Five takeaways from the letter above
We are getting ready to go over the cliff financially, and the Trump Administration is accelerating our speed to, and over, the cliff. The Administration’s spending, debt, and deficits are well above President Obama’s, and financial restraint needs to be a part of this Presidential debate.
2. It’s time for a conservative approach to the political norms and the institutions the Founding Fathers created.
We should change many things in government, but in the process not tear down people’s trust in the institutions that have sustained freedom for 243 years. The first is needed change. The second breaks down what the Founding Fathers necessarily created to balance and contain power. President Trump is doing the second and needs to be stopped because our political norms sustain the very institutions that balance and divide power in America.
3. It's time we get back to the basics of leadership governance to produce results that better our lives.
The idea of buying Greenland is kind of fun and the President’s Twitter slap downs certainly provide good talking points for the media. But it’s an unnecessary and dangerous distraction. The American way was devised to maximize individual liberty, private property, the rule of law, competitive free enterprise, limited and frugal government, strong local communities, fiscal and personal responsibility and civility in public life. The guidebook to sustaining and building the American Dream is there in the form of the United States Constitution, and once again in as much as we adhere to its limitations there will be expanded opportunities for all of us.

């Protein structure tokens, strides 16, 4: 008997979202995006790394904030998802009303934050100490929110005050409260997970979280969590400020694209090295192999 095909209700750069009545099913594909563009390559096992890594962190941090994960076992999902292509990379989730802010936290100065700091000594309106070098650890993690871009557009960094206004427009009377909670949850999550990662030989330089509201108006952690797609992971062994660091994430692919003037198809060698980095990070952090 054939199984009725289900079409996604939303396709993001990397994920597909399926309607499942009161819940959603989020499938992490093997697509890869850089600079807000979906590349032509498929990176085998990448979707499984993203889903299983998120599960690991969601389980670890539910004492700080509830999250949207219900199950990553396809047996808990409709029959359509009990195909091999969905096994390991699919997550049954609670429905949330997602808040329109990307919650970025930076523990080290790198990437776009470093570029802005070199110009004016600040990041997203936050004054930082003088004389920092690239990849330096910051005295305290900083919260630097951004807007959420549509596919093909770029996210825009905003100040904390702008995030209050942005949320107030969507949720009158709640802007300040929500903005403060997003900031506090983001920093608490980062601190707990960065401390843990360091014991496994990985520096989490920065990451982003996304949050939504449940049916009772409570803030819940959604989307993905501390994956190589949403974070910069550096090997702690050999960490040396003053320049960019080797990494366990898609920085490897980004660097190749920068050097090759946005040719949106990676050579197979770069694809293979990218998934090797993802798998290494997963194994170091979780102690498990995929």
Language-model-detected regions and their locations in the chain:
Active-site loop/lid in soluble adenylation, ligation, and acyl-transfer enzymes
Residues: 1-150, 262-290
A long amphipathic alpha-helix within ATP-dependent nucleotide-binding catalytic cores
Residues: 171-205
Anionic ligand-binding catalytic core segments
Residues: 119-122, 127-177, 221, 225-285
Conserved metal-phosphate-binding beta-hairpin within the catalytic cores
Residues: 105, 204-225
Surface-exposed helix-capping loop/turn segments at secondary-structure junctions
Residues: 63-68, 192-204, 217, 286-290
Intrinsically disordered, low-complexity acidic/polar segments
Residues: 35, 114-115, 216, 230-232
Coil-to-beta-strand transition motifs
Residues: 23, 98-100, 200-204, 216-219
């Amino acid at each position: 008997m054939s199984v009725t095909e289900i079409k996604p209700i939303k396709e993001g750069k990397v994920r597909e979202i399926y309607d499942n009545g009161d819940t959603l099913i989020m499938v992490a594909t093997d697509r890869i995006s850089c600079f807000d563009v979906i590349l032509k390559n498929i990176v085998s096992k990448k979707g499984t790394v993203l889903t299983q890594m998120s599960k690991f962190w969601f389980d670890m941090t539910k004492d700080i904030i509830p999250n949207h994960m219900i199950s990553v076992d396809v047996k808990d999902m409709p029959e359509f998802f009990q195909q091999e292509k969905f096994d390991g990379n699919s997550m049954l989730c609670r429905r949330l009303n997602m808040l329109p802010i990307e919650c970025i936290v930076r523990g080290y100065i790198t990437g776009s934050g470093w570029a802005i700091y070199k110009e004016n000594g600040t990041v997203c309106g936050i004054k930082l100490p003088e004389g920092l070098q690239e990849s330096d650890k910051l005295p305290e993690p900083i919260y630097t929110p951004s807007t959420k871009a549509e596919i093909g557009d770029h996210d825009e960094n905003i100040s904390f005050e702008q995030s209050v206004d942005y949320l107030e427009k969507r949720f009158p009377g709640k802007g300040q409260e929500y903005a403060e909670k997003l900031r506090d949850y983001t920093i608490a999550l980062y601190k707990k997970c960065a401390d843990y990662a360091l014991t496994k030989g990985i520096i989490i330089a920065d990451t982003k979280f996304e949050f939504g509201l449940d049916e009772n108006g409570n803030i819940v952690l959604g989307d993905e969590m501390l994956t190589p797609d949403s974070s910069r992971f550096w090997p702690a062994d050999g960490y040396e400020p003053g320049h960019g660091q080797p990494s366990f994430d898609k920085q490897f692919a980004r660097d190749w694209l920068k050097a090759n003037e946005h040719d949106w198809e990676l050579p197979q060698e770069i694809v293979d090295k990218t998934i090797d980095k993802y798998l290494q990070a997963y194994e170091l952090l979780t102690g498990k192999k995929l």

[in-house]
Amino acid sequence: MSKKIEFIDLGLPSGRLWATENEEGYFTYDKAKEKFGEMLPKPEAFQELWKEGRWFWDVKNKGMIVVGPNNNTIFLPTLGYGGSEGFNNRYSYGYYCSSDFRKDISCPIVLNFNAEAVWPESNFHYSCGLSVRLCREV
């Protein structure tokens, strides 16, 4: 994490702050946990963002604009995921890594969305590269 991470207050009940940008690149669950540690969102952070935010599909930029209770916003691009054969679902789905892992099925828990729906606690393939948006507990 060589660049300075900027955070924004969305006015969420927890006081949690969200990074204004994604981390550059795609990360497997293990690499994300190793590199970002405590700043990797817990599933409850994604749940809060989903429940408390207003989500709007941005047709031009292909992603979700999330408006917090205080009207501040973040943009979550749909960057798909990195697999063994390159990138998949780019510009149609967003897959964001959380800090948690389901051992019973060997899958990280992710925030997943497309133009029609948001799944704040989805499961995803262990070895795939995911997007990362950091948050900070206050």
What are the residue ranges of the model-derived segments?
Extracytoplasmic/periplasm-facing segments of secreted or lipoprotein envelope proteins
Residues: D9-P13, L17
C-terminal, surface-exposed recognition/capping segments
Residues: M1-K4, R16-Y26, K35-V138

4. It’s time for a conservative approach in re-embracing civility, humility, and respect in the public sphere and the Oval Office.
Tweets are not leadership. Insults don’t produce productive change. And we can't look the other way at behavior that fits that of the school yard bully. Do we want to make normal behavior that would send our fifth grader to the Principal’s office? The President is shattering norms here and recalibrating what we consider acceptable; this will harm us and those we love.
With Truman/Kefauver in 1952, Johnson/McCarthy in 1968, Reagan/Ford in 1976, Carter/Kennedy in 1980 and Bush/Buccannan in 1992 presidential outcomes were changed as a result of a primary challenge. In each of these races, not one of the challengers won the nomination, but in each race debate, focus and outcome was changed.